Camille Graeser

Camille Graeser belonged to the group of Zurich Concretists which included Max Bill, Verena Loewensberg, and Richard Paul Lohse. His art is constructed from logical compositions based on geometry – the dimensions and values of colours, forms, and lines but with a very personal lyricism.

Graeser was a successful interior architect, product designer, and advertising graphic designer in Stuttgart, where he took part in major exhibitions by the association Werkbund and in 1927 was invited to create furniture for Mies van der Rohe. He was forced to flee to Zurich after the Nazis came to power in 1933. Very few of his expressive and cubist-futurist drawings and watercolours from that time survived. In 1937, Graeser became a member of the artists’ association Allianz, which publicly promoted new artistic tendencies, especially Concrete Art as represented by Hans Arp and Theo van Doesburg. He aligned himself with the principles of Concrete Art, and his compositions were soon dominated by horizontal and vertical lines and squares. He later applied systematic principles of composition – such as addition, progression, rotation, and a rhythmic use of elements to create a playful impression.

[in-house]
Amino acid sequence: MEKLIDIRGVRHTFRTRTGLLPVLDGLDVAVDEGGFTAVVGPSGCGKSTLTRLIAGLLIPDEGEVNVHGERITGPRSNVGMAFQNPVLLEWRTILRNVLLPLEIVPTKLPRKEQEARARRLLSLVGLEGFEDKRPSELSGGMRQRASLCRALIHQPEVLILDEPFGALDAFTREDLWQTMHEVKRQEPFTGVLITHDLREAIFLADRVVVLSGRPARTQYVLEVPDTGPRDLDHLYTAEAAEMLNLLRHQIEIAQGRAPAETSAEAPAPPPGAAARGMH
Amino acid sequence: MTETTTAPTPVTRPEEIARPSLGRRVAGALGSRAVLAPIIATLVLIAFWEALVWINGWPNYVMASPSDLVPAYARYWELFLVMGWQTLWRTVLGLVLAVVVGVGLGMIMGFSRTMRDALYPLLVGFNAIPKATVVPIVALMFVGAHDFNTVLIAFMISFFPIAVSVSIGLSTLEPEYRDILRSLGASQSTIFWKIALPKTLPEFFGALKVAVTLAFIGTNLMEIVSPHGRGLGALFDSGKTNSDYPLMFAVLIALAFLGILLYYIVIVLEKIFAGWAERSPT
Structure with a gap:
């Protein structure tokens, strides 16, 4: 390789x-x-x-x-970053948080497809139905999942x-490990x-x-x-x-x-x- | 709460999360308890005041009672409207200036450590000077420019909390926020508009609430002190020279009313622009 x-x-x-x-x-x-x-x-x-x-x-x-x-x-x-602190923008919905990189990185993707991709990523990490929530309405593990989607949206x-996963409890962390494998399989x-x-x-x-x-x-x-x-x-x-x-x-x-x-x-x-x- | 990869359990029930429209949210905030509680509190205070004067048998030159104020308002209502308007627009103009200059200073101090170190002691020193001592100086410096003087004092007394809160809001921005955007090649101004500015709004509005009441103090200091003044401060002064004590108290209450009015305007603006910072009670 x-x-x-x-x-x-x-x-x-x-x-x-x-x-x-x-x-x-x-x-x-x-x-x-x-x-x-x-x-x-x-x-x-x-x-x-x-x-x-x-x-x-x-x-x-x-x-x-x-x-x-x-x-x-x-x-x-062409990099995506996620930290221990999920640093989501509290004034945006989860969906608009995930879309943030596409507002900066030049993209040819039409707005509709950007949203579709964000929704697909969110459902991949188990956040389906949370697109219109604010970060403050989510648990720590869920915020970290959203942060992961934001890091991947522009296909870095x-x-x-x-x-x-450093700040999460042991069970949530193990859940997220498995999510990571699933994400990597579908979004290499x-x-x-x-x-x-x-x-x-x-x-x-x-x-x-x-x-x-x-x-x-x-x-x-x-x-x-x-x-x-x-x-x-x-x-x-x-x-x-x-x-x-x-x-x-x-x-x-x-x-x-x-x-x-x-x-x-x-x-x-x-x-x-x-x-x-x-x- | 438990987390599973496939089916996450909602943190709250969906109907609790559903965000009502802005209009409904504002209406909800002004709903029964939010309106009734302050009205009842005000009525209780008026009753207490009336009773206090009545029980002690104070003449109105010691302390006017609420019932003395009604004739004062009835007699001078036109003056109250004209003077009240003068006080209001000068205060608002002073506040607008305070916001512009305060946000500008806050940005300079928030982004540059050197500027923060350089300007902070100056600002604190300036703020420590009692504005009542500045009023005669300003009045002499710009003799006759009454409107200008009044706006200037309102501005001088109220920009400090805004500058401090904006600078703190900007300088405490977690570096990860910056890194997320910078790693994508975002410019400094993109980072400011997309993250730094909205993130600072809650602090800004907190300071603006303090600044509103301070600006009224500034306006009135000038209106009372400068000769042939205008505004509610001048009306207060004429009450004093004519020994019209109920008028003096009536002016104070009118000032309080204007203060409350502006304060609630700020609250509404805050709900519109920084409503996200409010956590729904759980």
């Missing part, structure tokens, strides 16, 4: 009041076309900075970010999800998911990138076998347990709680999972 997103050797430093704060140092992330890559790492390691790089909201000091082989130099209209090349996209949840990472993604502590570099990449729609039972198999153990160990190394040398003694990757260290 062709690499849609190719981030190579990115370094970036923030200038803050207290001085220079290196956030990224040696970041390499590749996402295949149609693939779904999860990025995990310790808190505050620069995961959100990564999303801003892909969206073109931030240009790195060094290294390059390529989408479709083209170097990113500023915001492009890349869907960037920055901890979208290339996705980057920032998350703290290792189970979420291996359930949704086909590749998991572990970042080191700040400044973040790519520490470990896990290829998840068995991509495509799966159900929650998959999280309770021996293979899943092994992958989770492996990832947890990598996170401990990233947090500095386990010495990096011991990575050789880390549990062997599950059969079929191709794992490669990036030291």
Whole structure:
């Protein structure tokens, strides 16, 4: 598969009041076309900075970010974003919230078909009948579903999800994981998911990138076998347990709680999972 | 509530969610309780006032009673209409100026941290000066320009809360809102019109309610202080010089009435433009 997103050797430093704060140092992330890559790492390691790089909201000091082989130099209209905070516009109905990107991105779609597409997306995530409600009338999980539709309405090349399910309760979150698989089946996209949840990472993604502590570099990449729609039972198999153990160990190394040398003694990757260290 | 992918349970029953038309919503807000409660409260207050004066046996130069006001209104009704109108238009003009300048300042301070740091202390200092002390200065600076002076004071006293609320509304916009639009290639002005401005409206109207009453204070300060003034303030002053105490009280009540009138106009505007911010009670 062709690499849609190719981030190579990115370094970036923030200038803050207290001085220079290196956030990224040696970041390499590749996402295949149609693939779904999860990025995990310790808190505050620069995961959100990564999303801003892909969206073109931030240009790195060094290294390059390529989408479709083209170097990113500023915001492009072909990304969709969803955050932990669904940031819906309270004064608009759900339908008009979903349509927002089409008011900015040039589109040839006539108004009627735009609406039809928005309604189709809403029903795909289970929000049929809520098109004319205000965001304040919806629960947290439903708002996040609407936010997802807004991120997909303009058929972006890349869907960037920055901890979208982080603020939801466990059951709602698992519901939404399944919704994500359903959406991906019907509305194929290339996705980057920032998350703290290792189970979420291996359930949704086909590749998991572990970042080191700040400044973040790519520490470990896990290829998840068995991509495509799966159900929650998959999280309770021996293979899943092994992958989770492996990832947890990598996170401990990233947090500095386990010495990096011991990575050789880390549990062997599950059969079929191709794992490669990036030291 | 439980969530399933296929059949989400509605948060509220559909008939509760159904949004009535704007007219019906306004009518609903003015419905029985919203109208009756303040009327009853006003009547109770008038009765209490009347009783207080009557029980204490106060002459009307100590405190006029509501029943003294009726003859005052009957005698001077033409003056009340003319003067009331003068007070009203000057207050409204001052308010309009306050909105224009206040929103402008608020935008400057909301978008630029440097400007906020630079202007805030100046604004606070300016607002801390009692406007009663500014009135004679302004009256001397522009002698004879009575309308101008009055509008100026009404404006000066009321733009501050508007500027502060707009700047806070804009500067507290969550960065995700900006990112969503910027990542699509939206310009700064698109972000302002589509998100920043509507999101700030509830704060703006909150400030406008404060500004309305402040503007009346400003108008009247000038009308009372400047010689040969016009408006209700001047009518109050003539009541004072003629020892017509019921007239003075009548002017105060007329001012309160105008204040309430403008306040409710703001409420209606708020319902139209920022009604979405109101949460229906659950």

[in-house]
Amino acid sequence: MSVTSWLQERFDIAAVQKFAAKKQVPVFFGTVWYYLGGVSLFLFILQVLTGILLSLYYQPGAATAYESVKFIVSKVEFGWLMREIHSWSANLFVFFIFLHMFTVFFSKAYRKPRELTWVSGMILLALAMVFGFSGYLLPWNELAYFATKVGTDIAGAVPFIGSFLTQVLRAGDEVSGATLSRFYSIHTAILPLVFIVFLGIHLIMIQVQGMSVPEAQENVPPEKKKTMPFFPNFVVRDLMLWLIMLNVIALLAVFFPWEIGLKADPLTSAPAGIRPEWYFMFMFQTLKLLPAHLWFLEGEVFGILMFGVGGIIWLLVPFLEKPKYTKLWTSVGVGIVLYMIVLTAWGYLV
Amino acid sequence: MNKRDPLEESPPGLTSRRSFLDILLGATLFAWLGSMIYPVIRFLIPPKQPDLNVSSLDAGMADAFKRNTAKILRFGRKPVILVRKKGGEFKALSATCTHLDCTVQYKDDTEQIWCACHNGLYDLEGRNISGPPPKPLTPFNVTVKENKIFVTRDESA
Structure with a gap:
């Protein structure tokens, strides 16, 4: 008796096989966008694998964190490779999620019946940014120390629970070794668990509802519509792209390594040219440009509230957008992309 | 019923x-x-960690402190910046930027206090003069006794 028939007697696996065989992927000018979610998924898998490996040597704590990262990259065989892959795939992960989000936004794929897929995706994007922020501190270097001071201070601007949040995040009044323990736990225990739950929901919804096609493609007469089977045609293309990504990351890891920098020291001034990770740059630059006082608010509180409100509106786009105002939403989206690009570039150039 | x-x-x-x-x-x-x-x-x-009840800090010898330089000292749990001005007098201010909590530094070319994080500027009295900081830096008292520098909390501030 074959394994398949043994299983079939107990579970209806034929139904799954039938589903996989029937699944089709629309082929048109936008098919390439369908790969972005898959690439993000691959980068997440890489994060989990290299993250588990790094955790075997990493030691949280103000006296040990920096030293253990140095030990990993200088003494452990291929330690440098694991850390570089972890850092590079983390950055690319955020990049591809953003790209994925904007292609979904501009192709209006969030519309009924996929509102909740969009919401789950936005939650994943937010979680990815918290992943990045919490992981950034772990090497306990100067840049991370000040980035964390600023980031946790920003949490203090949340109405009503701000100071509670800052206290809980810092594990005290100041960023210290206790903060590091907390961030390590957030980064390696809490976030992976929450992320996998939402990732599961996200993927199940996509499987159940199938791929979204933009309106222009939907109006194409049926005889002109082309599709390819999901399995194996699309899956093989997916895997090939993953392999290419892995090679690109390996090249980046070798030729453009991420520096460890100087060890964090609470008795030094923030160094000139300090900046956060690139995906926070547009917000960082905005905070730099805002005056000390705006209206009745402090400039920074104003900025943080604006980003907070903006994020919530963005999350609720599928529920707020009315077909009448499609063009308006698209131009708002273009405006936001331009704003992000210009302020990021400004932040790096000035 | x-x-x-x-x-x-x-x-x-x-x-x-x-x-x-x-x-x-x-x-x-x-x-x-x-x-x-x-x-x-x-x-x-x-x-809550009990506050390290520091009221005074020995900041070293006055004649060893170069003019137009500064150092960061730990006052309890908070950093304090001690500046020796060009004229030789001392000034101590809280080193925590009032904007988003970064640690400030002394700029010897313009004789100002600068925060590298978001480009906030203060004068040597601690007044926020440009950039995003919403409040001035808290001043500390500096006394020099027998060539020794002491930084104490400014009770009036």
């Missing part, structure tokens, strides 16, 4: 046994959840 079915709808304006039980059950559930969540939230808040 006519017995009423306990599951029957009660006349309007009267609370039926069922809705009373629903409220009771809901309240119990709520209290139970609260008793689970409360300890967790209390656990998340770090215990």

From the 1950s on, he created dynamic compositions with bars in which he consistently investigated the relations between forms and colours. In his later works, a little square occasionally breaks out of rank as, for example, in his so-called dislocation or translocation works. As well as creating drawings and paintings he also constructed painted wooden bas-reliefs as well as rod sculptures, and from 1965 on, he made artist’s multiples and screen prints based on already realised pictorial ideas.